The idea of ​​a museum route also emerged. The initiative of this route is to awaken and increase the culture of visiting museums, in order to create a heritage identity. This route includes the Iron Palace, the National Museum of Military History (Fortaleza São Miguel), the National Museum of Natural History and the National Museum of Slavery, passing through several hotel units. This route should serve as a model for implementation in all provinces of the country.

The target markets for Angolan tourism should be Russia (after the peaceful resolution of the war) and China, which are now the countries from which more than 50% of international tourists come, Angola has everything it takes to absorb a substantial share of these markets. Furthermore, as mentioned above, it could absorb some European demand, especially in the area of ​​adventure and new ecological experiences.

4-Strategic axes and special tourism areas (STA)

As mentioned above, the strategy for tourism must be based on two axes: the promotion of investment and the creation of infrastructure.

We recognize that there is a new favorable climate for investment and also an effort, especially within the scope of the CPLP, to make the bureaucratic process of issuing tourist visas more flexible, that is, conditions are being developed for a new strategy for attracting tourists.

According to an Angolan official, the documents required for the licensing of tourist developments were reduced, from 11 documents previously required to three. The validity of permits was changed from three to five years, the process of decentralizing the permit issuance system is in progress. All these actions aim to improve the business environment in the tourism sector. Regarding visas, the same official points out that the process was already more difficult. He made it known that there have been significant advances, which need to be improved, to attract more tourists[3].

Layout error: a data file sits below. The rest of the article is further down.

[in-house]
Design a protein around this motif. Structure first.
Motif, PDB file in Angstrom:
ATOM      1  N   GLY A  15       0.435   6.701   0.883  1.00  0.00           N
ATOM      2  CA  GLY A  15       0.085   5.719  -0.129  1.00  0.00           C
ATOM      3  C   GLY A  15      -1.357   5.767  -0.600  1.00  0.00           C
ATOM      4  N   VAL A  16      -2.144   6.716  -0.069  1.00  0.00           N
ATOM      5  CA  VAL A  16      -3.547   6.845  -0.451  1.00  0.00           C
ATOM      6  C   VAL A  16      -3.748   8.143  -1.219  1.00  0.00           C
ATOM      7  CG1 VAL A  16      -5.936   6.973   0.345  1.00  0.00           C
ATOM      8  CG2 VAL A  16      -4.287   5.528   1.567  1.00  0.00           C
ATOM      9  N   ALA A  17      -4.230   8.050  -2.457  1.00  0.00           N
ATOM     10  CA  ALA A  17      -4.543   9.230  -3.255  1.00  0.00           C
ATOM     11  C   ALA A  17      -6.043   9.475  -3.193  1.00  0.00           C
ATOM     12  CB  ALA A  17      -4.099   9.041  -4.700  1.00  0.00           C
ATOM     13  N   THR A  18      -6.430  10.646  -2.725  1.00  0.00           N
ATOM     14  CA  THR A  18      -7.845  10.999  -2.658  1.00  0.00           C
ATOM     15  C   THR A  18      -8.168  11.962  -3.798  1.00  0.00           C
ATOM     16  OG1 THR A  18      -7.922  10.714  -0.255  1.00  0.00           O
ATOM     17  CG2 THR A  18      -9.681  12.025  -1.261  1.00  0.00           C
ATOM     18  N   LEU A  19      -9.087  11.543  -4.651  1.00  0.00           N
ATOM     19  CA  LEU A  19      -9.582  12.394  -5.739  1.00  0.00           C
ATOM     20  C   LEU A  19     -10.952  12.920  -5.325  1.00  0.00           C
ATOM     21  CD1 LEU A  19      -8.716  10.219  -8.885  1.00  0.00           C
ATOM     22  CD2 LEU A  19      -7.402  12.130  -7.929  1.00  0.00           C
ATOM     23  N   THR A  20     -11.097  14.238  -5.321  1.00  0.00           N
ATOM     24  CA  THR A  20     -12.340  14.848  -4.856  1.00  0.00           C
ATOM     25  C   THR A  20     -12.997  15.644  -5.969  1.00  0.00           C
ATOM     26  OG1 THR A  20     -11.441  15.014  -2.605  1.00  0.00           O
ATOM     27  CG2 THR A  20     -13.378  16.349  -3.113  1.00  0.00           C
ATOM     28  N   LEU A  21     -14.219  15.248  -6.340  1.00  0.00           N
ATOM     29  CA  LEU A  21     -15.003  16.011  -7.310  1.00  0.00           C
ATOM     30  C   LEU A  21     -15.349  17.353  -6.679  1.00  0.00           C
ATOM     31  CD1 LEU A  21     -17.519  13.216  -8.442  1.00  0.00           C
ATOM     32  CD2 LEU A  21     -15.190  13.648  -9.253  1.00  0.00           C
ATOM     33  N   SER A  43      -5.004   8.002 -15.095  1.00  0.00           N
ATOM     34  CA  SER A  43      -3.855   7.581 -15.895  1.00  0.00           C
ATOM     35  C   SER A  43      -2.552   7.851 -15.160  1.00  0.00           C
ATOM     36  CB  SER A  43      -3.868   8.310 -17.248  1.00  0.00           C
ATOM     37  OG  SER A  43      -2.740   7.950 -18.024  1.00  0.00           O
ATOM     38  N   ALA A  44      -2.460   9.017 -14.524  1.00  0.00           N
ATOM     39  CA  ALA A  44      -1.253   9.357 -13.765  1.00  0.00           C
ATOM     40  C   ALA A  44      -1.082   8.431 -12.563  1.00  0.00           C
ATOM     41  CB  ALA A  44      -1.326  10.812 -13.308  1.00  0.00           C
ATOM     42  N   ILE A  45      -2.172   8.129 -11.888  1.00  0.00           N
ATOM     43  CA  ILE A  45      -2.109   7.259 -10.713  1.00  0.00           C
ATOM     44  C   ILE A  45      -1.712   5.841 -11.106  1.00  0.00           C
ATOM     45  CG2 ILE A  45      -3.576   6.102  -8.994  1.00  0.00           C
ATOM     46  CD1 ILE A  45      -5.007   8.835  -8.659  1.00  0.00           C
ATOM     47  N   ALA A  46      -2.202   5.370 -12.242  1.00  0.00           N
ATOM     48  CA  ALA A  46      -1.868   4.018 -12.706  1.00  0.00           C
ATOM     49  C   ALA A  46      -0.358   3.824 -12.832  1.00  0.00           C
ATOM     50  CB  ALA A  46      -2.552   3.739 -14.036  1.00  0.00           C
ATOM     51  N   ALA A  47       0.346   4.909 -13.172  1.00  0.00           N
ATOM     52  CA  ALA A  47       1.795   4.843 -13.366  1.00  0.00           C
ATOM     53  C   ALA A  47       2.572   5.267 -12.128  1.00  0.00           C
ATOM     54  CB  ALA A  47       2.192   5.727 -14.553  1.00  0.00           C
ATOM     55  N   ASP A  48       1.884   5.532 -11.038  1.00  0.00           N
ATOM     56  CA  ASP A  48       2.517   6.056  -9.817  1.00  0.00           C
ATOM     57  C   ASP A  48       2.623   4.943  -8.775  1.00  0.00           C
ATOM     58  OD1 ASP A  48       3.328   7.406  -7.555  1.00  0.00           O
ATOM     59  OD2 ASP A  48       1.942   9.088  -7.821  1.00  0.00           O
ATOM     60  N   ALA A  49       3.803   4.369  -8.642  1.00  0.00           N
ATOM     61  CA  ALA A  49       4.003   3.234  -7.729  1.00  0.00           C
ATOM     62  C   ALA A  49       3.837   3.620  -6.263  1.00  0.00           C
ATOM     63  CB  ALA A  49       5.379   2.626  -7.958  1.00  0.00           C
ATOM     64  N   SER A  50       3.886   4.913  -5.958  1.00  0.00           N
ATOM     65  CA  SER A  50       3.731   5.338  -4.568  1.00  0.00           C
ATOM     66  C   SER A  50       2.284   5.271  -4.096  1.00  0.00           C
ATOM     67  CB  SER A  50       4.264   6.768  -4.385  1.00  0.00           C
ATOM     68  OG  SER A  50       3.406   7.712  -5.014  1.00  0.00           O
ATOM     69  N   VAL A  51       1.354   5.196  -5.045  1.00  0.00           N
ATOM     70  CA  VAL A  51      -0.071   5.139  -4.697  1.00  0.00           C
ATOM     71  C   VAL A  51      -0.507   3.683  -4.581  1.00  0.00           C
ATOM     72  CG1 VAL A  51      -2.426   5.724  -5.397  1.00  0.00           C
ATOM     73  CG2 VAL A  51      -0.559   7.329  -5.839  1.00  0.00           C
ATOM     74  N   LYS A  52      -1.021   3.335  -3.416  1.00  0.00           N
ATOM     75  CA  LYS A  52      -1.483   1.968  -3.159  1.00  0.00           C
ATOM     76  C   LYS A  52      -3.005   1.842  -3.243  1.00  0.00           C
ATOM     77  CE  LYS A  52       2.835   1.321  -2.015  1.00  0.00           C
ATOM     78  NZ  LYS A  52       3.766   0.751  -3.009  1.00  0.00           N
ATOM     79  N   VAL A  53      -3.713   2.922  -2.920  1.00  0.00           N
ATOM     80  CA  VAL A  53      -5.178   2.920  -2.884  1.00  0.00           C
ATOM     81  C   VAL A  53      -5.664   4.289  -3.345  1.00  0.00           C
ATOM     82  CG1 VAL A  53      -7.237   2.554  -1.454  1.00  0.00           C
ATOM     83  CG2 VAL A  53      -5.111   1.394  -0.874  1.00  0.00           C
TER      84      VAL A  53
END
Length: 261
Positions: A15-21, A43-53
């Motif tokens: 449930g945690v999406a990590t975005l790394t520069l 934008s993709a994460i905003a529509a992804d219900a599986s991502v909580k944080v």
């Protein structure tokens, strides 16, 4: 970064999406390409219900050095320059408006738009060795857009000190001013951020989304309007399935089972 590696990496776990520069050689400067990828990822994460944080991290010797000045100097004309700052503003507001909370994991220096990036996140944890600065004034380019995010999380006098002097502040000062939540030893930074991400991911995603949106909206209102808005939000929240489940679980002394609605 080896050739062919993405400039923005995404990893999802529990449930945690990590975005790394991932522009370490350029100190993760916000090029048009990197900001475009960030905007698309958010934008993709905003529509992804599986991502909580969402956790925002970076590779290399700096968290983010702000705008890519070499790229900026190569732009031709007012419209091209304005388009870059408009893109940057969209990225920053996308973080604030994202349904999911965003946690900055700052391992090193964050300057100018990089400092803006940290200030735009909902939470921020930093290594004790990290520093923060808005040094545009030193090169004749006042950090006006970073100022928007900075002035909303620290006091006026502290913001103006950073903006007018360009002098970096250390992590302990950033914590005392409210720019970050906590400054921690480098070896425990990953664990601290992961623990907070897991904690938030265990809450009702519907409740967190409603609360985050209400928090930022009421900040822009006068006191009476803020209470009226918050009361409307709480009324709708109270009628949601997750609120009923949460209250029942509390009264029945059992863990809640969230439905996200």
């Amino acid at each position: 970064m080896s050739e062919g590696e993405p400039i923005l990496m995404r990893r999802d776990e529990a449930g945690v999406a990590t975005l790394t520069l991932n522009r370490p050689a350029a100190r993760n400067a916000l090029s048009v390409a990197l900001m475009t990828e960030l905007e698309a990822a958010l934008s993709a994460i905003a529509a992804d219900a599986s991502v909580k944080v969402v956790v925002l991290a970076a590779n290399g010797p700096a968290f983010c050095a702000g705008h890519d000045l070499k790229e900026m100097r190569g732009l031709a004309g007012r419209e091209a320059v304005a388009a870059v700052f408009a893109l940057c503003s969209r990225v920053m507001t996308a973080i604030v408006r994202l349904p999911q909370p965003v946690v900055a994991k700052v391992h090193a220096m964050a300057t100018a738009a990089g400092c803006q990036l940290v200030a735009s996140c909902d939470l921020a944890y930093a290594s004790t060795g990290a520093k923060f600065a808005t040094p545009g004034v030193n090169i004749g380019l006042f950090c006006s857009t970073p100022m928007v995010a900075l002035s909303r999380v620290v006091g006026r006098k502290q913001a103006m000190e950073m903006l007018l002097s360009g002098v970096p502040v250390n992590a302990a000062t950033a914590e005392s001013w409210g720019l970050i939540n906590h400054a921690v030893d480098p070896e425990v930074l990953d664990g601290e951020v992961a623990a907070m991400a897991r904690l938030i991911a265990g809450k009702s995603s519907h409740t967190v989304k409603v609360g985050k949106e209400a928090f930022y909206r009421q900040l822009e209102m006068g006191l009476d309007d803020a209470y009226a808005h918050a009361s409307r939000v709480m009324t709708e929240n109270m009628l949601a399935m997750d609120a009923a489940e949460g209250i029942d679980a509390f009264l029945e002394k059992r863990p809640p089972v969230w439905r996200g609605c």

The same officials argue that in terms of infrastructure there are gaps that are easy to solve; Catumbela Airport (Benguela) may be equipped with mechanisms to receive direct international flights, transport is part of the investment that is up to the private sector, the Benguela Railway line passes hundreds of meters from the airport, connects to Zambia and to the Democratic Republic of Congo and goes to Tanzania on the Indian Ocean, Lobito has a large-capacity port, and the expansion itself is providing parallel investments in health, training, services, and the capacity to produce skilled and competitive labor.

At the government level, tourism is recognized as a strategic sector in the National Development Plan 2018-2022, as a guarantee of intensive labour, alongside agriculture, various industries and fisheries. The National Development Plan includes some specific actions, such as the improvement of communication with the Tourist Development Poles, the elaboration of projects for the construction and rehabilitation of hotel and tourist infrastructures, state and mixed infrastructures, the identification of priority development areas, with the aim of recovering and developing the entire heritage of the hotel and tourist network.

Another government official, who has since ceased his duties, underlined that in addition to Angola starting to reduce restrictions and bureaucracy, as part of the strategy to relaunch tourism and promote the attraction of investment to the sector, he wanted to draw attention for the country, with the collaboration of the international supermodel Maria Borges, who would help to promote the potential. The strategy would involve calling an international name, Maria Borges, to help promote the country’s culture, history and main tourist destinations[4].

With the new strategy for the promotion of tourism, Angola hopes to integrate the list of the main tourist destinations in Africa by 2025[5] .